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I made it to my bed (or rack, as it was now called) the night of the Moment of Truth. My division was sleep-deprived for 49 long hours. I’m pretty sure I saw the utensils at the galley swing-dancing in front of me; that’s how tired and cracked I was. In the 49 hours I had been at Great Lakes Recruit Training Command, my division got off those coach buses in the middle of the night, we spent hours getting our gear issued, getting our hair buzzed off, and going through hours of paperwork. On top of that, we ate 5 times at the galley, we spent time cleaning the head, (bathroom) we spent time stenciling our gear, and we received initial medical checkups. It was due time for sleep. The recruit division commanders were giving us 8 full hours of sleep, and our new temporary home was at the USS Red Rover. (It’s not actually a ship. It’s just a building named after one). Lying face up in my rack, I thought about my last day, right before the Navy.

 

I wanted to cry for her to see, but I didn’t as well. It was strange.

 

It was only that evening we were watching Silver Linings Playbook. We cuddled and hugged each other until it was time to leave. We didn’t watch Ant Man with her parents that night, either.

It was only that afternoon we were sitting on the balcony of her house, reading some book about palm reading. I didn’t agree with her choices of what I was in a hand. It was only that morning we went out for breakfast, and we had one of our last meals together. At least the last one I spent taking her out. We switched cars to her driving after breakfast. I felt pretty happy in her arms.

“I love you.” She said back to me, parking the car in my driveway. “I shouldn’t say that, but I don’t know any other love like you. I wish we had more time, too.”

“I wish we had more as well.” I replied. “I love you.”

We got out of the car, and had one final kiss, and one final hug, before I walked away, and she drove away. I smiled, feeling so elated. So elated. I had a few tears before I walked inside.

My parents really loved her too. They were confused why we didn’t continue our relationship, but I knew that it was definitely for the best, and I knew she thought so, as well. I had the letter she gave me in my pocket, and I went to go upstairs to my room to place it on my desk. It was a good place for the note for now. I checked my phone and notice that I had a few texts from one of my best buds.

”Yo, when are we meeting up tomorrow for breakfast?”

I replied to the text with, “Meet me at my house at like 7:30 am.”

I laid down on the floor of my room, not really knowing what to think. I was really happy. I was also excited for the future that was about to occur, but I was so nervous. For once this summer, the time was slowing down, and it wasn’t so fast this time.

I had my Eagle Scout Court of Honor. I spoke at graduation; that was fantastic. I did well on my ACT retake. That meant a lot. But it wasn’t just about me. It was about my entire graduating class. I don’t want to sound so mushy, but we experienced our final times at Prom, getting dressed and feeling as if it was our wedding. We experienced our senioritis, that was so real. We also looked forward to the future, and we were both panicking and excited. College acceptance letters, ASVAB scores, and job lineups alike. We had our graduation parties, seeing family members and our friends. We collected letter after letter and check after check. We said our thank-you’s and we had a good time.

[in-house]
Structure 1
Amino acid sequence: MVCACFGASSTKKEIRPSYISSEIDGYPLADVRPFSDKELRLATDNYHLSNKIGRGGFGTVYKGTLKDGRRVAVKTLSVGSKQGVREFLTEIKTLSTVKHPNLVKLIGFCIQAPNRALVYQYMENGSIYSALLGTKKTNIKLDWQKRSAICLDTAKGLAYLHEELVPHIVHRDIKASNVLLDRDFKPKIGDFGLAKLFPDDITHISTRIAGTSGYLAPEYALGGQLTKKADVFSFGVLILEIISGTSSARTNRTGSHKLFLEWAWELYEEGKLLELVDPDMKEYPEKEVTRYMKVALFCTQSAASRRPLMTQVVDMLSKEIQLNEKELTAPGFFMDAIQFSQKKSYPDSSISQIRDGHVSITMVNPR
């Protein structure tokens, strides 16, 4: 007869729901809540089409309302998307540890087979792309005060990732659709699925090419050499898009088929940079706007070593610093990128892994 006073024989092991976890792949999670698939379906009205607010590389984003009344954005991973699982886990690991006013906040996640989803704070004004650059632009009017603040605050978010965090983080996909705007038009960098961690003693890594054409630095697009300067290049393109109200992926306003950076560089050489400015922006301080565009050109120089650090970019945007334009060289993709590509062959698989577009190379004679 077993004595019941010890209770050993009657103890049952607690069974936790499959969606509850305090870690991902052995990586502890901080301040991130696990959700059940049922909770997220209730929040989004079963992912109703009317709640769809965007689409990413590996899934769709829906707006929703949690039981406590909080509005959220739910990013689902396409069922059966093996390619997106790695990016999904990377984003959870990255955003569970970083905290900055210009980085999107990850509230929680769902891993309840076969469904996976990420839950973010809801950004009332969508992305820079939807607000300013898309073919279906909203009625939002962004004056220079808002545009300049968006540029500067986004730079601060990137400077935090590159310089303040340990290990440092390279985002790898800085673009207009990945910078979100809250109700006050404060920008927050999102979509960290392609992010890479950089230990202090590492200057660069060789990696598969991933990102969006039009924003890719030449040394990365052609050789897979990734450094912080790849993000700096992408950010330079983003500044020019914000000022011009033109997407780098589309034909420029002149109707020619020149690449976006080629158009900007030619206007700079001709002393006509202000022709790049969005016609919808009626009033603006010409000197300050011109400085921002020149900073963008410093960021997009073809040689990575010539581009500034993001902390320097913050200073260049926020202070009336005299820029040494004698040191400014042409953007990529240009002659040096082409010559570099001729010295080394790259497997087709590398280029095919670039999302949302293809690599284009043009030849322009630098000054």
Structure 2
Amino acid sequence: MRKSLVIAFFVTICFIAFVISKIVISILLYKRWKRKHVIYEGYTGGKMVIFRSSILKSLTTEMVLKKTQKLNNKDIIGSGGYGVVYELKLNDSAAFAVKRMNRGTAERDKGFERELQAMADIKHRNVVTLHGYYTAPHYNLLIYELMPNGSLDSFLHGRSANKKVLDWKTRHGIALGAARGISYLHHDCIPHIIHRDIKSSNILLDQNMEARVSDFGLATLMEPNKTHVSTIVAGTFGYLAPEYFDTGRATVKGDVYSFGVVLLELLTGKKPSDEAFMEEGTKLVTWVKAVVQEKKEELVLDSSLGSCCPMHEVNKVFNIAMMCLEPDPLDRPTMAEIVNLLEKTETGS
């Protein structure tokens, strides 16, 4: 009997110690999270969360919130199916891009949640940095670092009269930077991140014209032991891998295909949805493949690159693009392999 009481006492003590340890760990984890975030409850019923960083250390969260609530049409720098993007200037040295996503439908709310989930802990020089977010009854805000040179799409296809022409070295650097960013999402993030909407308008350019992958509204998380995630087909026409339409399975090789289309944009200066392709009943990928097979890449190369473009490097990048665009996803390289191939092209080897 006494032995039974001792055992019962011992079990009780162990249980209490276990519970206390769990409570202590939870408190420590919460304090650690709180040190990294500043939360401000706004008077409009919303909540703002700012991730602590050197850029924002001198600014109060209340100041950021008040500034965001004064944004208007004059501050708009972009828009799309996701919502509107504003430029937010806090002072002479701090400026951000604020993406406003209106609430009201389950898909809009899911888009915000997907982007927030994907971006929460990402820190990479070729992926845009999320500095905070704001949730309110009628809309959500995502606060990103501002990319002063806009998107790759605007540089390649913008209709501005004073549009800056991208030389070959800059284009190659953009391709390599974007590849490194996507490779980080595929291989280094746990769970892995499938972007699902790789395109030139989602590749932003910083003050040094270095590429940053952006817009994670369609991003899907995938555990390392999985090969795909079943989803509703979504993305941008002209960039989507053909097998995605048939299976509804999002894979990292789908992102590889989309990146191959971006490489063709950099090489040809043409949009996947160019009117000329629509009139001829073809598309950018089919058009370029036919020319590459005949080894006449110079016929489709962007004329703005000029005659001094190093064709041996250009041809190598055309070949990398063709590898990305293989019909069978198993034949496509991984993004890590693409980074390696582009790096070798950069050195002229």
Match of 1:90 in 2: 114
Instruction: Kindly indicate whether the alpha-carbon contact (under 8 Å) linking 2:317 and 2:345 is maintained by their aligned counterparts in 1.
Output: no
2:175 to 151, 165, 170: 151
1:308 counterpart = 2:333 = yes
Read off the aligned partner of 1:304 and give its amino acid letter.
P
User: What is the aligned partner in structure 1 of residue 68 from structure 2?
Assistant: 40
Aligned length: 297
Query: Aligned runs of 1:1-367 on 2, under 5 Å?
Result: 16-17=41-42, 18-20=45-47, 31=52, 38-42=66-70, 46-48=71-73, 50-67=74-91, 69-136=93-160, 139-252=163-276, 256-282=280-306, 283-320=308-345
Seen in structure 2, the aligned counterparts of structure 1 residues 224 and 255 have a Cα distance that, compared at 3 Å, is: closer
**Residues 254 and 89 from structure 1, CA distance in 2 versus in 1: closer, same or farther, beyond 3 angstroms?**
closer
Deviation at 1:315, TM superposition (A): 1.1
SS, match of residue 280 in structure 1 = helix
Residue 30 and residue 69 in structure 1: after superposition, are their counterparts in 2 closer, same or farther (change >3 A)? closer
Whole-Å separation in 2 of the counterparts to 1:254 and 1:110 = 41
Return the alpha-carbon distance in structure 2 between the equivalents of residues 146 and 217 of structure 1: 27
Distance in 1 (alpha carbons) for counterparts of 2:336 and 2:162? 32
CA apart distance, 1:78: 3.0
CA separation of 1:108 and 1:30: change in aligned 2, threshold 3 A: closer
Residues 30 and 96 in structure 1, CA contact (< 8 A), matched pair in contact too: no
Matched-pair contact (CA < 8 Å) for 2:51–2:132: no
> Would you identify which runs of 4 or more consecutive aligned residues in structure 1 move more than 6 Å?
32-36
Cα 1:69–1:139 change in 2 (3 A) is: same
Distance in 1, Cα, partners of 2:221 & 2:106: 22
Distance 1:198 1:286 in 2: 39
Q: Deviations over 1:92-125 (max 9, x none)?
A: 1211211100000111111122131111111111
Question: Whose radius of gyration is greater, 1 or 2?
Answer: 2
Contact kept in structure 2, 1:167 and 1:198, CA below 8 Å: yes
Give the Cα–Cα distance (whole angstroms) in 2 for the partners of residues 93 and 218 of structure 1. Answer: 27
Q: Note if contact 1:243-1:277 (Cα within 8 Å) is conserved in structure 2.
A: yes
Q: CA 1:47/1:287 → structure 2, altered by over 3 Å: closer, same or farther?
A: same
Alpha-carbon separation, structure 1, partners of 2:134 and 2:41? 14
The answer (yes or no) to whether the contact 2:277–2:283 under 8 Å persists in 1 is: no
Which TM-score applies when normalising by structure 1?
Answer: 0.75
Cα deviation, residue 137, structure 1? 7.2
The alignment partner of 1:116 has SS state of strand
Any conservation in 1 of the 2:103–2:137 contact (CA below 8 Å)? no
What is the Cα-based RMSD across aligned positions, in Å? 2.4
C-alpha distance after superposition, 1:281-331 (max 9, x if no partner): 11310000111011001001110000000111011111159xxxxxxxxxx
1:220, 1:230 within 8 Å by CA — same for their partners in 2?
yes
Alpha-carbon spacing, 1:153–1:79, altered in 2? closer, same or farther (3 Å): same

We went to pick up our yearbooks at the high school, and somehow, the feeling of stress was all but gone. We all said hello to each other, as we passed by each other in the hallways. It didn’t matter if we were nerds or jocks. Social class and status didn’t matter. That was all bullsh*t now. We wouldn’t see each other for a long time. Maybe at our high school reunion 10 years from now. We saw our old teachers, saying our goodbyes, and sharing words about our high school experiences. We got close to our teachers, almost as if they were as close as our best buddies, and the classes we took were fond memories. So they were.

The summer was full of both forlorn reminiscing over the great high school past, or aching for the future to happen already. We worked our summer jobs, and we had a lot of fun hanging out, too. But finally, it was time to end it all. After answering my friend’s text, I went to bed in my bed, for the last time.

The next morning, I woke up as early as I could. I could hear my parents and my grandmother sleeping in the other room. As I woke, the sun pierced through the top of the window blinds and its harsh light made me wake up even more. I didn’t bother to make my bed, but instead I threw on my running clothes to go for a morning run.

When I returned from my run, my friends were waiting for me to go out to eat breakfast.

After breakfast, myself and my two friends who went to eat with me sat on the driveway for one last time, something we always do. I was going to miss walking in circles late at night, just talking about whatever. We talked about whatever until it was time for me to leave.

That was the last thing I did, before I went off to Navy Basic Training, at Great Lakes, IL.

Well, one more thing I did, actually.

I put the note my girlfriend gave to me in my wallet. I gathered my things and my parents brought me to the Navy Office. But before I went to the Navy Office to depart for Boot Camp, I did one more thing.

I drove up to my girlfriend’s house, and I left her a note that I wrote. I feel like I quadruple checked it to make sure I had the right piece of paper.

-Matt Cuartero

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